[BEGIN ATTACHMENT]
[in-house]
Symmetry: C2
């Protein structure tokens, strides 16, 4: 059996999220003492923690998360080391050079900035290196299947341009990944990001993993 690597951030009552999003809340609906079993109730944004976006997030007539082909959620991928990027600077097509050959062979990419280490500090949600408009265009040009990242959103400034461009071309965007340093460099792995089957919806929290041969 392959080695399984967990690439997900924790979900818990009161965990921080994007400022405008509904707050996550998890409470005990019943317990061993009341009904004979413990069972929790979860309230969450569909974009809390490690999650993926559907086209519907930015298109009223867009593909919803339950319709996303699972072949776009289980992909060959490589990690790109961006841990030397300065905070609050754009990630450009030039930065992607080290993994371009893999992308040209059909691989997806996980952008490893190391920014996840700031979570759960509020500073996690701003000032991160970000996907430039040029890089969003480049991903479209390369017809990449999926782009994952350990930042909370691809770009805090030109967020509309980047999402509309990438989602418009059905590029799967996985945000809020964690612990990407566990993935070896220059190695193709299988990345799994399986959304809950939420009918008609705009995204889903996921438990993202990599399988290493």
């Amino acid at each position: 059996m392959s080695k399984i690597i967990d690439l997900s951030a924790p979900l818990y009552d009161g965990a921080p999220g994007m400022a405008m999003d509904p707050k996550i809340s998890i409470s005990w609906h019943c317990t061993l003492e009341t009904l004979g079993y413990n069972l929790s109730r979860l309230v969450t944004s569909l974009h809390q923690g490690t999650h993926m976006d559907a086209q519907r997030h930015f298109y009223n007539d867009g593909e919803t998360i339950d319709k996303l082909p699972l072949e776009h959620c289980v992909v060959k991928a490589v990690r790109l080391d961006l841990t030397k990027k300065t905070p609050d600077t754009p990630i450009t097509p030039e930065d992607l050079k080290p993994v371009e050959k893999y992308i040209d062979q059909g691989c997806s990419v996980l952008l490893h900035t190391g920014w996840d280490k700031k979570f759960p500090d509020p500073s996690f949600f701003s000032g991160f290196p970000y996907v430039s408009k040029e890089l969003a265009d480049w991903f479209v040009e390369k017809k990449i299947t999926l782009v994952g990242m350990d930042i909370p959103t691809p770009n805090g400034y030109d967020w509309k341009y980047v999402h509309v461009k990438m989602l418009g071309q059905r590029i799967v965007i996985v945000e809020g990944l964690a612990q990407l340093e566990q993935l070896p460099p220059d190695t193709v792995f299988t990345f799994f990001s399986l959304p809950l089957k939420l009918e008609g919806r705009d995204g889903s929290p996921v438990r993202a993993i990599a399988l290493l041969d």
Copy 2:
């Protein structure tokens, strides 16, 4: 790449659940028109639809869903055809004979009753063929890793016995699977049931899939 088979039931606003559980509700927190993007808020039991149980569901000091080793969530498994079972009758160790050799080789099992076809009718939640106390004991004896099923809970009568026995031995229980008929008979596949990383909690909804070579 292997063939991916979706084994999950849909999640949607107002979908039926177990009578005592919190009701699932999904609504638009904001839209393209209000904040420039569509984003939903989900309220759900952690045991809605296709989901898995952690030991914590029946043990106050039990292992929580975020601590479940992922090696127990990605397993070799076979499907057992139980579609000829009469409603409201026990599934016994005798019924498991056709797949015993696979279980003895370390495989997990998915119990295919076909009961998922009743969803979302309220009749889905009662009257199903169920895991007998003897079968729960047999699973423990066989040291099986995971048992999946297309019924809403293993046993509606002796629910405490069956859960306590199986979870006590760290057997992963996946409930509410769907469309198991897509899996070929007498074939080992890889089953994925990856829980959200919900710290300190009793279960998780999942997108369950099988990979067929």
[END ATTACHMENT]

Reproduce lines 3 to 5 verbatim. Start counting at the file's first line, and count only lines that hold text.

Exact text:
């Protein structure tokens, strides 16, 4: 059996999220003492923690998360080391050079900035290196299947341009990944990001993993 690597951030009552999003809340609906079993109730944004976006997030007539082909959620991928990027600077097509050959062979990419280490500090949600408009265009040009990242959103400034461009071309965007340093460099792995089957919806929290041969 392959080695399984967990690439997900924790979900818990009161965990921080994007400022405008509904707050996550998890409470005990019943317990061993009341009904004979413990069972929790979860309230969450569909974009809390490690999650993926559907086209519907930015298109009223867009593909919803339950319709996303699972072949776009289980992909060959490589990690790109961006841990030397300065905070609050754009990630450009030039930065992607080290993994371009893999992308040209059909691989997806996980952008490893190391920014996840700031979570759960509020500073996690701003000032991160970000996907430039040029890089969003480049991903479209390369017809990449999926782009994952350990930042909370691809770009805090030109967020509309980047999402509309990438989602418009059905590029799967996985945000809020964690612990990407566990993935070896220059190695193709299988990345799994399986959304809950939420009918008609705009995204889903996921438990993202990599399988290493």
């Amino acid at each position: 059996m392959s080695k399984i690597i967990d690439l997900s951030a924790p979900l818990y009552d009161g965990a921080p999220g994007m400022a405008m999003d509904p707050k996550i809340s998890i409470s005990w609906h019943c317990t061993l003492e009341t009904l004979g079993y413990n069972l929790s109730r979860l309230v969450t944004s569909l974009h809390q923690g490690t999650h993926m976006d559907a086209q519907r997030h930015f298109y009223n007539d867009g593909e919803t998360i339950d319709k996303l082909p699972l072949e776009h959620c289980v992909v060959k991928a490589v990690r790109l080391d961006l841990t030397k990027k300065t905070p609050d600077t754009p990630i450009t097509p030039e930065d992607l050079k080290p993994v371009e050959k893999y992308i040209d062979q059909g691989c997806s990419v996980l952008l490893h900035t190391g920014w996840d280490k700031k979570f759960p500090d509020p500073s996690f949600f701003s000032g991160f290196p970000y996907v430039s408009k040029e890089l969003a265009d480049w991903f479209v040009e390369k017809k990449i299947t999926l782009v994952g990242m350990d930042i909370p959103t691809p770009n805090g400034y030109d967020w509309k341009y980047v999402h509309v461009k990438m989602l418009g071309q059905r590029i799967v965007i996985v945000e809020g990944l964690a612990q990407l340093e566990q993935l070896p460099p220059d190695t193709v792995f299988t990345f799994f990001s399986l959304p809950l089957k939420l009918e008609g919806r705009d995204g889903s929290p996921v438990r993202a993993i990599a399988l290493l041969d």
Copy 2: